The lowest level of food reward in puppy training is usually your puppy’s regular daily kibble. As it’s their usual diet it will be the right size and palatable for them. I suggest measuring the daily quantity and setting aside some. Then, you can use that with unrestricted quantities throughout the day for training purposes. You can use what’s left in the puppy’s regular meals at the appropriate time that works for you. As this is the regular your puppy has every day, it’s the lowest level food treat in the hierarchy. As a related side point, I recommend that your puppy’s regular meal should really be removed 15 minutes after the meal has been given. This helps in many areas, including training.
For a mid-level food reward, I suggest another dry food type. It should be more palatable and yummy. So, this type of product will usually be classed as a treat at your favourite pet food retailer. This product again will be in its own area of your treat bag and will be accessed by you at the appropriate time in your training.
Now that we have covered the low level and mid-level food rewards in puppy training, we move onto the all-important highest value food reward. In my experience, this is usually cheese, ham, chicken or hot dogs. It doesn’t really matter what your puppy likes best, but it’s good to try out different foods so you know what works best for you and what motivates your puppy the most. Although the wet food items are messier and need managing in terms of hygiene/expiration dates, it’s worthwhile in training terms to have this level of reward available.
The small pieces of your chosen food type would usually be placed in the main pocket of your treat bag, a place where you have easy access. You never know when your puppy could offer a behaviour that you have been working on previously. It would be really great to catch that behaviour by delivering a really tasty food reward. As you will know or are about to find out, timing is so important when training your puppy. Having the rewards and the accessibility can be a skill in itself!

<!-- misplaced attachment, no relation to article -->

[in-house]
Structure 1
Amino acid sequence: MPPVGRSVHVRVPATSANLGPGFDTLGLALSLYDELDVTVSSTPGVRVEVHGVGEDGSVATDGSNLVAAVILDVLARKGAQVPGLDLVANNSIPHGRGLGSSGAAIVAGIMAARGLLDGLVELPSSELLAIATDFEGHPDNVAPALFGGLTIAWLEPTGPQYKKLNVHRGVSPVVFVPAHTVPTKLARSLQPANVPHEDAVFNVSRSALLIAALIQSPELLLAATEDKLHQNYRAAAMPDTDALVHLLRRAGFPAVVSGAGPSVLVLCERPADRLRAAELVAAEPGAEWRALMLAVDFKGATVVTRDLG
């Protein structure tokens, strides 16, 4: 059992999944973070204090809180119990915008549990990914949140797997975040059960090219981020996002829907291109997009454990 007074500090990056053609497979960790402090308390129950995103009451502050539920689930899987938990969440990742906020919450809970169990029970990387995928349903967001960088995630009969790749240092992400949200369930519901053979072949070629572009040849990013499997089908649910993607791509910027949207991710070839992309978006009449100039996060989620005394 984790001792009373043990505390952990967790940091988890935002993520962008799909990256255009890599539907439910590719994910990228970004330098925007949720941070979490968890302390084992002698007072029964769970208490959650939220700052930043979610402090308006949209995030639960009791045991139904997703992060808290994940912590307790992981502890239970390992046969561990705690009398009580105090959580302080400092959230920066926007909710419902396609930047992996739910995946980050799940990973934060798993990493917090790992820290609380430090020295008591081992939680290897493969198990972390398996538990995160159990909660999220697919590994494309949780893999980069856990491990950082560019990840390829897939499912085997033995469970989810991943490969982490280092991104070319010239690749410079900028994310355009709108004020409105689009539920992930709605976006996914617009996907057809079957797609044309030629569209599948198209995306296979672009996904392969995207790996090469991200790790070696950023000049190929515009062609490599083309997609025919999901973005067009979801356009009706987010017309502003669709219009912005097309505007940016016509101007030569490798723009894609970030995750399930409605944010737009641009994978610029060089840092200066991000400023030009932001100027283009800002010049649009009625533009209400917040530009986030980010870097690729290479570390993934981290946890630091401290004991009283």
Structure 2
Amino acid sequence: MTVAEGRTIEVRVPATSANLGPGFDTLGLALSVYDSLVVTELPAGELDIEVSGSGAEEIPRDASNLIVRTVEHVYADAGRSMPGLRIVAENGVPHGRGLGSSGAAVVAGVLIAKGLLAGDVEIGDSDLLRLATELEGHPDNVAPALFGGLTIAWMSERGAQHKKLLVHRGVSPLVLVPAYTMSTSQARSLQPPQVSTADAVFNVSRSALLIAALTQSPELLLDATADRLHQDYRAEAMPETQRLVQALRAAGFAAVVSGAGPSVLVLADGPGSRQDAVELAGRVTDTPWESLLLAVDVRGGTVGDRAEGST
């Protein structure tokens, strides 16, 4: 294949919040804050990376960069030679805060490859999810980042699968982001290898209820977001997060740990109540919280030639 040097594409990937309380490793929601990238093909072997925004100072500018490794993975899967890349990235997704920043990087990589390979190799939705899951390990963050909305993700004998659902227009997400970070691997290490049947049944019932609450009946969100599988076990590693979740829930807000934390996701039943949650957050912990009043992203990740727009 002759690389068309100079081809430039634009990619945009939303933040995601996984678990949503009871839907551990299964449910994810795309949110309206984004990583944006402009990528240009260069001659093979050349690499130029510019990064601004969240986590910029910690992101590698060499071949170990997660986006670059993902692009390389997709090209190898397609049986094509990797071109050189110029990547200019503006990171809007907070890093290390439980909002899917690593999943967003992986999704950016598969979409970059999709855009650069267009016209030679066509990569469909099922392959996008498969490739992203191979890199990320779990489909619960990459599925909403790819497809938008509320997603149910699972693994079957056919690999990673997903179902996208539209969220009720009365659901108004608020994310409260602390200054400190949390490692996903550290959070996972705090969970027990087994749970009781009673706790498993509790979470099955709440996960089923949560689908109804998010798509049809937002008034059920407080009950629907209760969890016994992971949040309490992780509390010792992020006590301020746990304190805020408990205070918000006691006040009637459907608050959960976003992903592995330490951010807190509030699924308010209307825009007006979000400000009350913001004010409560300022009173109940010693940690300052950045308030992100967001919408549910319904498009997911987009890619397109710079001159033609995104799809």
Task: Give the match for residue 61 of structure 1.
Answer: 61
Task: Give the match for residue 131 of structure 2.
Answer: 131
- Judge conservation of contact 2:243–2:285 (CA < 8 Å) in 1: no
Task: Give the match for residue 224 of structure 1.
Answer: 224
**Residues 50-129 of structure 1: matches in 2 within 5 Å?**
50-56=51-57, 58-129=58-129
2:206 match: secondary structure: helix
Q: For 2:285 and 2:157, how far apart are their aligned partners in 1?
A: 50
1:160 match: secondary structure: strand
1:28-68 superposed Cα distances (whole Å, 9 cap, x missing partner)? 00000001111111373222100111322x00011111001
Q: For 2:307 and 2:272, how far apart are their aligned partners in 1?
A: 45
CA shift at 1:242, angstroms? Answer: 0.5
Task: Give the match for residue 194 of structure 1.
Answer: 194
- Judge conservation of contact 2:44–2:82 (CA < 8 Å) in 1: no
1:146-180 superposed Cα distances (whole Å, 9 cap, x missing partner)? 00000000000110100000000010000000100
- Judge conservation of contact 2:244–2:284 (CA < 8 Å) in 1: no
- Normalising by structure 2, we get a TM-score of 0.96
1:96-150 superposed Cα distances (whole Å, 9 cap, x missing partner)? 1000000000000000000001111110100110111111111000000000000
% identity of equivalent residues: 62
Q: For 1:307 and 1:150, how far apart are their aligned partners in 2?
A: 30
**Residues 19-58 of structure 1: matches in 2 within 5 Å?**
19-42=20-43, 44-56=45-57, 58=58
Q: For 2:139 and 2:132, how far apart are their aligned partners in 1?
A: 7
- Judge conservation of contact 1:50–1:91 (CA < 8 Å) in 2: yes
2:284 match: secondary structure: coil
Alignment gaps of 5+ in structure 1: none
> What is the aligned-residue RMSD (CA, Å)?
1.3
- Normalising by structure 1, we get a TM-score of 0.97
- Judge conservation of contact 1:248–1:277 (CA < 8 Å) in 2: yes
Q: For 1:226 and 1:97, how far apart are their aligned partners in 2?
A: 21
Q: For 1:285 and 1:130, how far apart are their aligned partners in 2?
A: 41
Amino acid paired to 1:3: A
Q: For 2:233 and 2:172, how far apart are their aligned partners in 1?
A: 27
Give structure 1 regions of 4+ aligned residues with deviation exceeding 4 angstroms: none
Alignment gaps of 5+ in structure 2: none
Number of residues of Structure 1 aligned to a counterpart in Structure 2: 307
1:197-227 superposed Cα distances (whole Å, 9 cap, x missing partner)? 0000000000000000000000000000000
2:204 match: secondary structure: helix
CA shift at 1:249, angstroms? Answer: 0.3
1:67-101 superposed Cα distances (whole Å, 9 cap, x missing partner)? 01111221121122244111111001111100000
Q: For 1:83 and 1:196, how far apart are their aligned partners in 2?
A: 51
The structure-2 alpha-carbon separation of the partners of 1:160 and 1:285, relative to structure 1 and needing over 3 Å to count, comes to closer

When To Use Food Rewards In Puppy Training
It’s challenging to write which type of food rewards should be delivered in which type of circumstances. However, as general guidance, the low-level food reward would be delivered when a behaviour has been taught. It’s used when you are affirming that your puppy correctly understands the direction you have been giving and that the puppy is amazing and that you are very happy.
It’s not finite but generally, I use the high-value food rewards when teaching puppies new behaviours. If they even signal in the right direction I deliver a really yummy reward. I continue to do so while the puppy is on a roll. At all times, you should be giving various levels of appropriate body language and verbal encouragement. Food rewards are great but no substitute for enthusiastic praise from you. As previously stated, the food reward is to support you but it does a great job of communicating to your puppy that you are really happy with their recent actions.
Personally, I feel the need to have a mid-level of food reward. I use this level when I want to reward the puppy in a more significant way than delivering the puppy’s regular kibble. I like having the wow level for the new stuff that your puppy is learning. It’s also really good to acknowledge and appreciate when your puppy is displaying previously trained behaviours in a pleasing way.
Demonstrating these human behaviours is much easier than writing them! But, I like to share good practise so that new puppy owners can try and break through the noise that’s out there in terms of what we should do with our puppies and how we should rear them. I hope you found this article of use. I would really appreciate any comments and any suggestions for future articles in the comments section.